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US grain exports drop as Mississippi’s low water slows shipments

US Department of Agriculture (USDA) data issued on Tuesday shows the serious impact that low water in the Mississippi River is having on agricultural shipments. Crops for export at Louisiana Gulf Coast terminals in the first week of October were at their lowest level in nine years. 

Since then, conditions have worsened.

Although the US Coast Guard and the US Army Corps of Engineers were able on the weekend to unblock several bottlenecks caused by groundings in the river, problems are quickly arising in other areas.

In Memphis, the river’s water level has dropped nearly 2 feet since Saturday and is forecast to fall another 2 feet by October 25.

The Ohio River, an important tributary of the Mississippi, is now also experiencing closures caused by groundings. Near where the Ohio meets the Mississippi, dredging is required but cannot be started until several grounded tows in the way are refloated. However, as continued dry weather is expected, the challenge to refloat the tows increases.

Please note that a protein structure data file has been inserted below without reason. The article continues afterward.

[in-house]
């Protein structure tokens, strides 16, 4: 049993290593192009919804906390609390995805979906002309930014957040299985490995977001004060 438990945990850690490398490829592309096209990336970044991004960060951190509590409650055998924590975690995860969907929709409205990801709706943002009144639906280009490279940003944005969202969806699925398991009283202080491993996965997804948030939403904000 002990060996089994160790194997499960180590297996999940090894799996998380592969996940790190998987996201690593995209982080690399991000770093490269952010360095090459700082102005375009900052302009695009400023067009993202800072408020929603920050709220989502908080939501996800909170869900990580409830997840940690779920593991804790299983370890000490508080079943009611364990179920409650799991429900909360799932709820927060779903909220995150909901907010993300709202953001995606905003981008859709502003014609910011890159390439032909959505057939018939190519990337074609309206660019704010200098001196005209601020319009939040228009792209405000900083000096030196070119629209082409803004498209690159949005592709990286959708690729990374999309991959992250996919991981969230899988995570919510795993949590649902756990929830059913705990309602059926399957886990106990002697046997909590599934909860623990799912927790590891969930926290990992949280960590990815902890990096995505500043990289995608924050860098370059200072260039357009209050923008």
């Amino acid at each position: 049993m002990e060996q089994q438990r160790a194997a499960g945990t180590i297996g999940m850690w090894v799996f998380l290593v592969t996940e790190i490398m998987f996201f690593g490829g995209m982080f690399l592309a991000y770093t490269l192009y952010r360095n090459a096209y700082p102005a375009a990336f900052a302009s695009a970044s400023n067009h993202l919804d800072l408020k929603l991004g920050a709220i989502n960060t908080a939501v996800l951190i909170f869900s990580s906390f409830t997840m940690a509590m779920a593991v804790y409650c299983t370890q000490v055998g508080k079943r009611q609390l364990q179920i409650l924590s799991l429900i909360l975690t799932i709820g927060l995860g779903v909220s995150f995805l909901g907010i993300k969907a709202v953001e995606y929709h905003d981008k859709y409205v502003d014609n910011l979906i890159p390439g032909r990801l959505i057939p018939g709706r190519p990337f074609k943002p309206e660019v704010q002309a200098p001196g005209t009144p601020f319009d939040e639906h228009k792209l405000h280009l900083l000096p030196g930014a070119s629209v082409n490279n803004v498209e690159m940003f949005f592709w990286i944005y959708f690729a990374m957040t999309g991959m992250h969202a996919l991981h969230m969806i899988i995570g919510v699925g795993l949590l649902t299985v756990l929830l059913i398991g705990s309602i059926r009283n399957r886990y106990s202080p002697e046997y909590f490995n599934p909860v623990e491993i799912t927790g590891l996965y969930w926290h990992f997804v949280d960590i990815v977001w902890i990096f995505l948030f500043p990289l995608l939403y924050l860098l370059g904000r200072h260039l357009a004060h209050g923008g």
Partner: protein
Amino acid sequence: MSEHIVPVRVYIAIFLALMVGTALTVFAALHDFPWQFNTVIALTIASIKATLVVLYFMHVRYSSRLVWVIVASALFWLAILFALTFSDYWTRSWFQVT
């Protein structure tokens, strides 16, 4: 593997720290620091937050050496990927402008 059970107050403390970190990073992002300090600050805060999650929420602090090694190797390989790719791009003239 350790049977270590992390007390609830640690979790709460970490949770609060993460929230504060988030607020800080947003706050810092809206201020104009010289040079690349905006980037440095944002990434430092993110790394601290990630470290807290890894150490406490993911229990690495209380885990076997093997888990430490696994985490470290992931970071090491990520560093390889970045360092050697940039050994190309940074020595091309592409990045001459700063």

Because of the low water, barges are carrying less weight, vessels are towing fewer barges and grounded vessels are creating backups. All of this means less product is being shipped.

The USDA reported that, in the week ended October 6, 976,255 tonnes of corn, soybeans and wheat were inspected for export at the Mississippi River Gulf Coast. This is down 22% from the five-year average.

Kim Biggar

Kim Biggar started writing in the supply chain sector in 2000, when she joined the Canadian Association of Supply Chain & Logistics Management. In 2004/2005, she was project manager for the Government of Canada-funded Canadian Logistics Skills Committee, which led to her 13-year role as communications manager of the Canadian Supply Chain Sector Council. A longtime freelance writer, Kim has contributed to publications including The Forwarder, 3PL Americas, The Shipper Advocate and Supply Chain Canada.
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